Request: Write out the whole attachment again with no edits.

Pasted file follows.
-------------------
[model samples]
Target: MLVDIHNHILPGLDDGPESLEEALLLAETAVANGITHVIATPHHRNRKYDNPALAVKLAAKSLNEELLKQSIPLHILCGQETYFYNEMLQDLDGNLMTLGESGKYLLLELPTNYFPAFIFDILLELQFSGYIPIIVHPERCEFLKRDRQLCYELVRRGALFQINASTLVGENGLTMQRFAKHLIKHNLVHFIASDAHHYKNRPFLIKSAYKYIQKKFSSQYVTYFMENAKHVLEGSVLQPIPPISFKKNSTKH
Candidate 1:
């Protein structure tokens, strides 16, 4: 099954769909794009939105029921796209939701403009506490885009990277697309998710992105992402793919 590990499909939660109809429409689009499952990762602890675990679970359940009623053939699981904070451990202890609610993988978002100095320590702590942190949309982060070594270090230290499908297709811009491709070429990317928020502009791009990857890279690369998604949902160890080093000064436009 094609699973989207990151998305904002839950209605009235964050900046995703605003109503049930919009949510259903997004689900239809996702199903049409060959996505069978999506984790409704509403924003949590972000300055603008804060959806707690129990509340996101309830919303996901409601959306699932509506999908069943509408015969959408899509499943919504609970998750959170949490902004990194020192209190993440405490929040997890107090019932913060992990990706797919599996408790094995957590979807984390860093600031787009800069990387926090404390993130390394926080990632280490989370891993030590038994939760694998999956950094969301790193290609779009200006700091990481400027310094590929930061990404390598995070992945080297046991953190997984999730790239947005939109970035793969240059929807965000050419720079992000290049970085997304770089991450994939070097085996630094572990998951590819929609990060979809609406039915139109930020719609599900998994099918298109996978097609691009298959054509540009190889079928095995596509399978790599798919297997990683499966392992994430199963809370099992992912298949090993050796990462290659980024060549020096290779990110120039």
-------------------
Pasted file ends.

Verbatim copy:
[model samples]
Target: MLVDIHNHILPGLDDGPESLEEALLLAETAVANGITHVIATPHHRNRKYDNPALAVKLAAKSLNEELLKQSIPLHILCGQETYFYNEMLQDLDGNLMTLGESGKYLLLELPTNYFPAFIFDILLELQFSGYIPIIVHPERCEFLKRDRQLCYELVRRGALFQINASTLVGENGLTMQRFAKHLIKHNLVHFIASDAHHYKNRPFLIKSAYKYIQKKFSSQYVTYFMENAKHVLEGSVLQPIPPISFKKNSTKH
Candidate 1:
């Protein structure tokens, strides 16, 4: 099954769909794009939105029921796209939701403009506490885009990277697309998710992105992402793919 590990499909939660109809429409689009499952990762602890675990679970359940009623053939699981904070451990202890609610993988978002100095320590702590942190949309982060070594270090230290499908297709811009491709070429990317928020502009791009990857890279690369998604949902160890080093000064436009 094609699973989207990151998305904002839950209605009235964050900046995703605003109503049930919009949510259903997004689900239809996702199903049409060959996505069978999506984790409704509403924003949590972000300055603008804060959806707690129990509340996101309830919303996901409601959306699932509506999908069943509408015969959408899509499943919504609970998750959170949490902004990194020192209190993440405490929040997890107090019932913060992990990706797919599996408790094995957590979807984390860093600031787009800069990387926090404390993130390394926080990632280490989370891993030590038994939760694998999956950094969301790193290609779009200006700091990481400027310094590929930061990404390598995070992945080297046991953190997984999730790239947005939109970035793969240059929807965000050419720079992000290049970085997304770089991450994939070097085996630094572990998951590819929609990060979809609406039915139109930020719609599900998994099918298109996978097609691009298959054509540009190889079928095995596509399978790599798919297997990683499966392992994430199963809370099992992912298949090993050796990462290659980024060549020096290779990110120039």